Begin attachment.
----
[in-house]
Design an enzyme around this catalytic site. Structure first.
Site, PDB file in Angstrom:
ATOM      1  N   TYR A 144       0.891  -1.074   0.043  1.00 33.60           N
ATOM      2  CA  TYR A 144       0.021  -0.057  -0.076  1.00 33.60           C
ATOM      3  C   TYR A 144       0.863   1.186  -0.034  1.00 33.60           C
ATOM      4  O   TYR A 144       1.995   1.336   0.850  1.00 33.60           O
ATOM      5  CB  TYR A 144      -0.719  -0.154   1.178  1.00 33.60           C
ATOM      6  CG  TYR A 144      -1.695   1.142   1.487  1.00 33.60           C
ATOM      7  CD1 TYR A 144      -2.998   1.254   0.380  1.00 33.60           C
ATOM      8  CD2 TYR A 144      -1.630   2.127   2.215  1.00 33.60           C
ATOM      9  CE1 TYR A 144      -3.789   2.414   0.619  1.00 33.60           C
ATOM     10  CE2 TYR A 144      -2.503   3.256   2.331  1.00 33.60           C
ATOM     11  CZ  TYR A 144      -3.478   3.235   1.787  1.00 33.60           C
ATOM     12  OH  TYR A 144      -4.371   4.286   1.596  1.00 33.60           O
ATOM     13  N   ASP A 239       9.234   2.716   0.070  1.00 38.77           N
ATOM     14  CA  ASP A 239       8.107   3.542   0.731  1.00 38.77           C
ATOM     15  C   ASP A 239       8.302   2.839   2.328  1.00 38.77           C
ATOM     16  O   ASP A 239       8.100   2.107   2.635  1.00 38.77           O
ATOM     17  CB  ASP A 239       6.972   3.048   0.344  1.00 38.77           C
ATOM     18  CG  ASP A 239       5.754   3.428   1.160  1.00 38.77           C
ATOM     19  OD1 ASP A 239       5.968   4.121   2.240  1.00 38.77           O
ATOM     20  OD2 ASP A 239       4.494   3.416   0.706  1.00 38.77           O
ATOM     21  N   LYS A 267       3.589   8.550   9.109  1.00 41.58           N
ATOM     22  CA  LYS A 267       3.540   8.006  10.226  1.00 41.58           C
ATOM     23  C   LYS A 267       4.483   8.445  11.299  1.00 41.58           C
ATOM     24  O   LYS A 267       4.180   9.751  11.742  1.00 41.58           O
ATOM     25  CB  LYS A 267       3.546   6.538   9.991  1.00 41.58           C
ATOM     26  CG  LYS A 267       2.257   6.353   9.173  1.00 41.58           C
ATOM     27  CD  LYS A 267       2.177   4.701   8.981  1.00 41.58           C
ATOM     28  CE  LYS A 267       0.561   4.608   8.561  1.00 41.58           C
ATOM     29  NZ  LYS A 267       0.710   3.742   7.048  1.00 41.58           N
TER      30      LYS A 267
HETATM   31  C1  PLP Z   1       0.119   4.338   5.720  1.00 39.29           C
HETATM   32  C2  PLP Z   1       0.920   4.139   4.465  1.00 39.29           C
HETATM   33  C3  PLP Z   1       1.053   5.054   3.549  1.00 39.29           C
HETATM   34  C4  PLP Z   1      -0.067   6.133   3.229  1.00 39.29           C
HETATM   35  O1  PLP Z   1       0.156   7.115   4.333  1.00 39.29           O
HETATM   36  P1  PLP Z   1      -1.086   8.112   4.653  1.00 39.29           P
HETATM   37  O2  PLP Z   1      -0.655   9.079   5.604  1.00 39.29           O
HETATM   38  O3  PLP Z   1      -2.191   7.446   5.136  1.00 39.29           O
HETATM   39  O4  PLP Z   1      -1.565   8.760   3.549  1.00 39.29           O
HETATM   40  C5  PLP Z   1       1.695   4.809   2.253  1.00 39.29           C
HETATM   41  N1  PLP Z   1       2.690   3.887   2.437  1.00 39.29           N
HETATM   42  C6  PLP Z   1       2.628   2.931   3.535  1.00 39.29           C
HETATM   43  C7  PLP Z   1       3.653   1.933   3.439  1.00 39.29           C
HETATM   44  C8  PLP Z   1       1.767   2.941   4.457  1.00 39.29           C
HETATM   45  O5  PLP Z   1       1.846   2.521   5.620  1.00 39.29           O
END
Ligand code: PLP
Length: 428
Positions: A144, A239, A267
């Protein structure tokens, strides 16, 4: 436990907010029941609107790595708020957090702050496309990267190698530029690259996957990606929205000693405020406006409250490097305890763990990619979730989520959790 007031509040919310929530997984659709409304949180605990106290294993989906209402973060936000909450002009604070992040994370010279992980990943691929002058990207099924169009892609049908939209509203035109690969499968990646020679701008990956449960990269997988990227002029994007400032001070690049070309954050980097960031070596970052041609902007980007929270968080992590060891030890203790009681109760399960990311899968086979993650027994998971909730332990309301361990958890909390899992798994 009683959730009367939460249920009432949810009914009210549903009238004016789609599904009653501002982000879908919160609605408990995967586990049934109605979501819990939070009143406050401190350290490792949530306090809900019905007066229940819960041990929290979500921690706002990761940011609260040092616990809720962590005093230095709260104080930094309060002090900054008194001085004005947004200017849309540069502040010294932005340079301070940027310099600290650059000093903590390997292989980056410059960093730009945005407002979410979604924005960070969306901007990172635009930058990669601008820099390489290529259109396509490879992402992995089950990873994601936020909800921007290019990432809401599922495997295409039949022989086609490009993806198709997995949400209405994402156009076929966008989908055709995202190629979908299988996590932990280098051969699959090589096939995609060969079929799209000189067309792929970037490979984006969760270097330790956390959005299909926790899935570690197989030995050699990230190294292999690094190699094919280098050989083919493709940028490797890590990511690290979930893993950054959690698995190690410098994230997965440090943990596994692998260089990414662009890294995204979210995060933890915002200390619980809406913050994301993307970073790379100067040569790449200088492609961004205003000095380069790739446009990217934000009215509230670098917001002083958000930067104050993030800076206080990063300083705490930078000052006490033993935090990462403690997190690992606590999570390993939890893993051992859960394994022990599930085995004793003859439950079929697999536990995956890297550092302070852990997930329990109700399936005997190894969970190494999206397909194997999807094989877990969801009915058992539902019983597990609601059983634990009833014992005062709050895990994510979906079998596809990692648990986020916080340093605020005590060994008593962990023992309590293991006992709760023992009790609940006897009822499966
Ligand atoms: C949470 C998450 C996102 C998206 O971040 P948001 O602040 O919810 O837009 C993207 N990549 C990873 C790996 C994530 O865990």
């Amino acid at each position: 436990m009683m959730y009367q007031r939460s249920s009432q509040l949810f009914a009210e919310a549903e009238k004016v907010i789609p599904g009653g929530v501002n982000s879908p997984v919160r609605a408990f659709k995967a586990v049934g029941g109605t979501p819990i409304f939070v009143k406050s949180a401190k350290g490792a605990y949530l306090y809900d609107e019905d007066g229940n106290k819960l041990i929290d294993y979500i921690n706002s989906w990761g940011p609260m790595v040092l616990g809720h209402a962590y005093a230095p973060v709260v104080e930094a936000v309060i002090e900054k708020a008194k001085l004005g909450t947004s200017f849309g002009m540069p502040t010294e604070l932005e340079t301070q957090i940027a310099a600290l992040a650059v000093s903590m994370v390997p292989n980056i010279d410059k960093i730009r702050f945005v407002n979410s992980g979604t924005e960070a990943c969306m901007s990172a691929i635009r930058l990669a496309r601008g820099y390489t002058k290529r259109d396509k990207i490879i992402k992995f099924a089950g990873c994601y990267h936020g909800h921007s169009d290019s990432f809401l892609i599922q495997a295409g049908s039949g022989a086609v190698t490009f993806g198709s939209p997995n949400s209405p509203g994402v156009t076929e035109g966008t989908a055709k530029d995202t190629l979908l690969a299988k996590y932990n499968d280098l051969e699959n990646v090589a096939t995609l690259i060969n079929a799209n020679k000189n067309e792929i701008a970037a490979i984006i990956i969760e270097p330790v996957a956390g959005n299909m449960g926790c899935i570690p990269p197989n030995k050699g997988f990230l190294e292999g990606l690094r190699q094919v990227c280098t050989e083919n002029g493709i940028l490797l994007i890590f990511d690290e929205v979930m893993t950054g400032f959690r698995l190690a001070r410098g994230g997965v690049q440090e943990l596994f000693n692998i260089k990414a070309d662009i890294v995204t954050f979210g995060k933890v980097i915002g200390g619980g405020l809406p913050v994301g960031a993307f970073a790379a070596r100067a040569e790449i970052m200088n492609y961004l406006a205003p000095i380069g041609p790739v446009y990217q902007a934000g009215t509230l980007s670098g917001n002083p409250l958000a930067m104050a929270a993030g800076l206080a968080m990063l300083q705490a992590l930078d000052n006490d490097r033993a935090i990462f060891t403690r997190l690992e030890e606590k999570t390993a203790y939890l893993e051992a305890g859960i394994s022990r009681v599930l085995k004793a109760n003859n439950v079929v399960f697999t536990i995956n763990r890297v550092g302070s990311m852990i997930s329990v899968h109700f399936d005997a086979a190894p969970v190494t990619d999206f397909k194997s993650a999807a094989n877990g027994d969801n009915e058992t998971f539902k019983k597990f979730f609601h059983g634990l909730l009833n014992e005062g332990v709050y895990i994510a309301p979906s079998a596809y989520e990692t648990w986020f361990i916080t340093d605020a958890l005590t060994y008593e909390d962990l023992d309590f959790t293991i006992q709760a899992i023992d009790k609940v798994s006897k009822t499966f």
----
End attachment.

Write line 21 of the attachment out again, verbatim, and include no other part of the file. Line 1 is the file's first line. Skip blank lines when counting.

ATOM     18  CG  ASP A 239       5.754   3.428   1.160  1.00 38.77           C